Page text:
ORIGINAL RESEARCH article
Short-Term Meditation Training Fosters Mindfulness and Emotion Regulation: A Pilot Study
- 1Department of Brain and Behavioral Sciences, University of Pavia, Pavia, Italy
- 2Cognitive Neuropsychology Centre, ASST “Grande Ospedale Metropolitano” Niguarda, Milan, Italy
- 3Istituto di Psicosintesi, Milan, Italy
The practice of meditation has been historically linked to beneficial effects, not only in terms of spirituality but also in terms of well-being, general improvement of psychophysiological conditions and quality of life. The present study aims to assess the beneficial effects of a short-term intervention (a combination of 12 practical 1-h sessions of meditation, called Integral Meditation, and lectures on neuroscience of meditation) on psychological indicators of well-being in subjects from the general population. We used a one-group pretest-posttest quasi-experimental design, in which all participants (n = 41, 17 men and 24 women, with a mean age of 41.1 years) underwent the same intervention. Out of these, 24 had already experienced meditation practice, but only 12 in a continuative way. Effects were assessed by the standardized Italian version of three self-report questionnaires: Core Outcome in Routine Evaluation-Outcome Measure (CORE-OM), Five-Facet Mindfulness Questionnaire (FFMQ), and Emotion Regulation Questionnaire (ERQ). The questionnaires were filled in at baseline and immediately after the last meditation session. Linear mixed effect models were used to evaluate pre-post treatment changes on each outcome. Participants showed a general, close to a statistically significant threshold, improvement in the total score of CORE-OM and its different domains. The total score of FFMQ (β = 0.154, p = 0.012) indicates a statistically significant increase in the level of mindfulness as well as in the domains acting with awareness (β = 0.212, p = 0.024), and non-judging of inner experiences (β = 0.384, p < 0.0001). Lastly, we observed a statistically significant improvement in the cognitive reappraisal ERQ domain (β = 0.541, p = 0.0003). Despite some limitations (i.e., small sample size, lack of a randomised control group and sole use of “soft” measurements, such as self-report questionnaires), this study offers promising results regarding the within-subject effectiveness of our intervention that includes a meditation practice on psychological indicators, thus providing interesting preliminary results.
Meditation is an ancient practice which has its roots in India about 2,500 years ago and it has been perpetuated until today in various form and through different traditions. Only in the last few decades, meditation has gained consideration in the academic world, given the arising of scientific evidences regarding its beneficial effects on psychological, neurological, endocrine and immune variables, as well as positive influence on well-being and a broad range of biological processes (Paul-Labrador et al., 2006; Rubik, 2011; Bai et al., 2015; Aherne et al., 2016; Chiesa et al., 2017; Wood et al., 2017). Thanks to this evidence, nowdays, meditation practice is frequently integrated in contemporary psychotherapy treatments and used to enhance well-being in several medical conditions and to improve quality of life.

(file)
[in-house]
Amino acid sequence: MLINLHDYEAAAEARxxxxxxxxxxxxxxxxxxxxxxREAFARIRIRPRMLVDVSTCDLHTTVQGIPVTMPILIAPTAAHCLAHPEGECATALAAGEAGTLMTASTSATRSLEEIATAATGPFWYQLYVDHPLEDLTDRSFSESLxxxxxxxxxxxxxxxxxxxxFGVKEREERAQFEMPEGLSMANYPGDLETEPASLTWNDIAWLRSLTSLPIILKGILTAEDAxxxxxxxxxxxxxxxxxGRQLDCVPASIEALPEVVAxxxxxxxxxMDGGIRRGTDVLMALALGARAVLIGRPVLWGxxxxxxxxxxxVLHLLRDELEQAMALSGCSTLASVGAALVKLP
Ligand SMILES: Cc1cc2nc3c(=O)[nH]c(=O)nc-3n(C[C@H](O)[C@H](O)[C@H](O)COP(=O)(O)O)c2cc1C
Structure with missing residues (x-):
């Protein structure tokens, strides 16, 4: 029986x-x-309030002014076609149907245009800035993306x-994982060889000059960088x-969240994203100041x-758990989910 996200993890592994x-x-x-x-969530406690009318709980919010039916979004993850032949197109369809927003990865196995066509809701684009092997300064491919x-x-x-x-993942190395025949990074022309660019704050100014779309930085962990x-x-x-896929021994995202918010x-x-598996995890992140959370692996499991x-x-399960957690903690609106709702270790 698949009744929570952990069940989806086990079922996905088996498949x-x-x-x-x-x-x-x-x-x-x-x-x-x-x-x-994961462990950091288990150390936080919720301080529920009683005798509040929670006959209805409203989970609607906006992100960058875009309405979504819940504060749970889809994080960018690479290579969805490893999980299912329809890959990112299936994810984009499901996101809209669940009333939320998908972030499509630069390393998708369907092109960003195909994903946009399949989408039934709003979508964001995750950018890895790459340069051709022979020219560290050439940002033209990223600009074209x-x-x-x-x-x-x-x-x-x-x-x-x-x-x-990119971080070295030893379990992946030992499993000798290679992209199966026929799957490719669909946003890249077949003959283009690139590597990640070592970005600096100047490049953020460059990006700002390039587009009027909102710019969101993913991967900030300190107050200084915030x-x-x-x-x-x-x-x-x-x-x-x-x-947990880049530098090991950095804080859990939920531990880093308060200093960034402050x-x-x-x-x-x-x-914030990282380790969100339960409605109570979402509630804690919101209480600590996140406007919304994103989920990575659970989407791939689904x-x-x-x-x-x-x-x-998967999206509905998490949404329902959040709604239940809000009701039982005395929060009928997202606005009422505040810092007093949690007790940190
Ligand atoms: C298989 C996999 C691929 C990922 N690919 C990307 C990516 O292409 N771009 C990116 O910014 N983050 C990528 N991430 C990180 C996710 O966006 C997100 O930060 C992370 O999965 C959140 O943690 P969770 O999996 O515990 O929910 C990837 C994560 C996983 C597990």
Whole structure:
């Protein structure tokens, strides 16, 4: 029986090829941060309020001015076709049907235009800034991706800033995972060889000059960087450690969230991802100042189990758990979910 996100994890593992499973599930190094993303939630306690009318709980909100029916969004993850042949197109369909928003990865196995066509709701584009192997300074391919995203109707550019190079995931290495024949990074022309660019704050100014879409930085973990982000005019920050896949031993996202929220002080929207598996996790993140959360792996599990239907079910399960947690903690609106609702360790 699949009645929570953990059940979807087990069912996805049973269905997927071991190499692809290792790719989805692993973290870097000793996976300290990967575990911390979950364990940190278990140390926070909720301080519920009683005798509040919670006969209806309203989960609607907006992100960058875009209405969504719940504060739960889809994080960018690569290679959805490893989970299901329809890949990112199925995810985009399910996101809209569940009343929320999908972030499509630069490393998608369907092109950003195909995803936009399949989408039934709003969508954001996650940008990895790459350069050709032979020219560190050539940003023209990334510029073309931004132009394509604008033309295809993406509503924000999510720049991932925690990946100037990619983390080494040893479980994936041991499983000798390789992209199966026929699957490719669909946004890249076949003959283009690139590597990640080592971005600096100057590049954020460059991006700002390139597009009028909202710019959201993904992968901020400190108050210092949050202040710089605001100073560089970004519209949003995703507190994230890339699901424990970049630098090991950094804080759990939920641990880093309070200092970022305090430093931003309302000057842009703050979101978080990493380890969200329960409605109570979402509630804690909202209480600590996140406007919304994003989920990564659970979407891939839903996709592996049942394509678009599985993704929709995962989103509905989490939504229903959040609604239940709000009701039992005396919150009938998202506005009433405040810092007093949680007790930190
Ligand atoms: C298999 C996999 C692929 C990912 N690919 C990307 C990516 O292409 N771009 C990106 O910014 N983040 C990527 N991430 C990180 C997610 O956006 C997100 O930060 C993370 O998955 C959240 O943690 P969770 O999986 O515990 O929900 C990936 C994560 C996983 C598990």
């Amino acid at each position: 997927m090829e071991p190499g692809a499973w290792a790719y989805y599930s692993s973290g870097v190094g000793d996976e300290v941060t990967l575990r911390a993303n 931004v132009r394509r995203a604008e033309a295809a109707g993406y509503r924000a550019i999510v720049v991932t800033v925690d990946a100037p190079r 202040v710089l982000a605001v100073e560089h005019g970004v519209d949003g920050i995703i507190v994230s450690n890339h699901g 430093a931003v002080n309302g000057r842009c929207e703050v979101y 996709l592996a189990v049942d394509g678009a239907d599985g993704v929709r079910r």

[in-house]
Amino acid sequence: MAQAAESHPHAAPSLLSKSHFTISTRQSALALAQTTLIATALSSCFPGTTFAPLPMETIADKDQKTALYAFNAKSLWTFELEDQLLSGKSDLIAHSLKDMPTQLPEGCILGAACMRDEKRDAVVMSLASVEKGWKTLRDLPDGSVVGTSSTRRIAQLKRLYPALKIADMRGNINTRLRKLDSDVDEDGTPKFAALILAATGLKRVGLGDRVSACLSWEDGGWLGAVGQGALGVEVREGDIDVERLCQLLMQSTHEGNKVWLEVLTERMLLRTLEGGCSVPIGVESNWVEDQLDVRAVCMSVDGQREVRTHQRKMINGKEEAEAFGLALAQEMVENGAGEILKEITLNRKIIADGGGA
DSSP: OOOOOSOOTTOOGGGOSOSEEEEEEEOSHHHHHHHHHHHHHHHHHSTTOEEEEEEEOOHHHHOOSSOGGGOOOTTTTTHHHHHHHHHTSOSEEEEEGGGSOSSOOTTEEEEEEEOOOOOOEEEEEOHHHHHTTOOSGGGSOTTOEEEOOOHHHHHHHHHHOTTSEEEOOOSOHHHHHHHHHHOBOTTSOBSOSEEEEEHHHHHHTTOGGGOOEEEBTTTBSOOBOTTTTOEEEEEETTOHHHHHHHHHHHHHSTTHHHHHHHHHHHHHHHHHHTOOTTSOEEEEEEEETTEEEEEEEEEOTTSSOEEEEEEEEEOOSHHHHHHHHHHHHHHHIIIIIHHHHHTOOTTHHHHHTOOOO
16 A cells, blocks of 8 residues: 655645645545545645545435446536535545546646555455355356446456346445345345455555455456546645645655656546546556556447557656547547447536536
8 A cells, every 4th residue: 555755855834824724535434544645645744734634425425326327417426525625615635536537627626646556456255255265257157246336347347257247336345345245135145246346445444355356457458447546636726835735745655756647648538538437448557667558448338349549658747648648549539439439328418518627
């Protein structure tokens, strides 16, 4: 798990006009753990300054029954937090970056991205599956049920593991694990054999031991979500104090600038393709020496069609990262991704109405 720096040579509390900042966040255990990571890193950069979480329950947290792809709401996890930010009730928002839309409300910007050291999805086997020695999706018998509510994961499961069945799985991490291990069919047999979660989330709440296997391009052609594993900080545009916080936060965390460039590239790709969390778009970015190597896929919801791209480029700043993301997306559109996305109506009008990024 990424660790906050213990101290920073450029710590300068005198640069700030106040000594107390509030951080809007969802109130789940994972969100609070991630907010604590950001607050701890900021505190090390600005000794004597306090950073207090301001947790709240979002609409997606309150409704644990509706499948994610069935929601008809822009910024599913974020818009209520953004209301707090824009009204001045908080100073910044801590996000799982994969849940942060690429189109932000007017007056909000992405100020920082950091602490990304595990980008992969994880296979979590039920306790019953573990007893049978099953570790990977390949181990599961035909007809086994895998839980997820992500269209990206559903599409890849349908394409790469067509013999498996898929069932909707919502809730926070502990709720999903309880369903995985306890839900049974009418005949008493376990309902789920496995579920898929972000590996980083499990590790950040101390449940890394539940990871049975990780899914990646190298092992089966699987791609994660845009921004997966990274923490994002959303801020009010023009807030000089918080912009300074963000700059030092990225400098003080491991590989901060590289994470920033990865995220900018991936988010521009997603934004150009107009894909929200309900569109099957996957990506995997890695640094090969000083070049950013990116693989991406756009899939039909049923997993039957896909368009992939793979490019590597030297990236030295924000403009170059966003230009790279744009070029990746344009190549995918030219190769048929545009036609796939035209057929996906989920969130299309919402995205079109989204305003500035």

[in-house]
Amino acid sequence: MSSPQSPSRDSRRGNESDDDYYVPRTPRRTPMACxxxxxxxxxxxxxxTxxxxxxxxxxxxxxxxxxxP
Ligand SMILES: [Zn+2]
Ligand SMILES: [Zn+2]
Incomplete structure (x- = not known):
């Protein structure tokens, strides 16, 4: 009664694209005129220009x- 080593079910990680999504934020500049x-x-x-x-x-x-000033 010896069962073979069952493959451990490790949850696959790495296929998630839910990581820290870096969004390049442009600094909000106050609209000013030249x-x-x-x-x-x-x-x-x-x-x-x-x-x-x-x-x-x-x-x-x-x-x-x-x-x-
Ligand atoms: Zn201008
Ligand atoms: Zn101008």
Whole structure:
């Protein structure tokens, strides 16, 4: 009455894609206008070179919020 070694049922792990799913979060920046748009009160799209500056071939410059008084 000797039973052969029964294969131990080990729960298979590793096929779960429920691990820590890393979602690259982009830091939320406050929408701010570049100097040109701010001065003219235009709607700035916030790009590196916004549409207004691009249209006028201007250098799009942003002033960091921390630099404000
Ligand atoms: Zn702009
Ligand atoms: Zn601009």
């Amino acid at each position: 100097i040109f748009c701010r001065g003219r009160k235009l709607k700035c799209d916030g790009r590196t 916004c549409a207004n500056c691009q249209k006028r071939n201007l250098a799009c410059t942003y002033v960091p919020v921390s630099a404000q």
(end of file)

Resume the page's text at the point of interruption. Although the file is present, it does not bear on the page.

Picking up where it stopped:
In particular, the practice of meditation has been incorporated in a big family of interventions called mindfulness-based programs (MBPs). A great contribution to the spread of MBPs was given by programs developed for specific populations or contexts, such Mindfulness-Based Stress Reduction (MBSR), and Mindfulness-Based Cognitive Therapy (MBCT). MBSR was developed for people with chronic health problems or suffering from the mounting demands associated with psychological and emotional stress (Kabat-Zinn, 1990, 2006; Kabat-Zinn and Hanh, 2009); MBCT is an approach to psychotherapy that was originally created as a relapse-prevention treatment for individuals with major depressive disorder (Segal et al., 2002; Kabat-Zinn and Hanh, 2009).
Since the MBPs have become so popular, some fundamental questions have been addresses among the researchers, especially on how to define MBP, since nowadays the term mindfulness refers to a multitude of meaning and practices. As discussed in Crane et al. (2017) using a metaphor, authors compare textile manufacture to the “fabric” of MBPs and they called “warp” the essential, constant and integral threads that define an MBP regardless of population or context, while they called “weft” those specific features that characterized each adapted MBP to be a better fit for a particular population or context.
Taken the “warp” elements as references point, we developed a program called Integral Meditation, that we integrated in our intervention with lectures about the neuroscience of meditation. Our Integral Meditation can be thus considered as MBP with its specific “weft” elements. The goal of our Integral Meditation is to give to the person means to maintain emotional balance, to develop the ability to face different relational situations, and skills to deal constructively with stressful and existential situations.
Our intervention was intended to target subjects from the general population (i.e., naive meditators with no important clinical conditions) and the “weft” features of our meditation program were tailored accordingly.
The choice to focus on a general population was motivated by the observation that even though the clinical aspects of meditation are obviously more attractive, a part of the academic world have started to investigate the effects of meditation on non-clinical population with notable and promising results.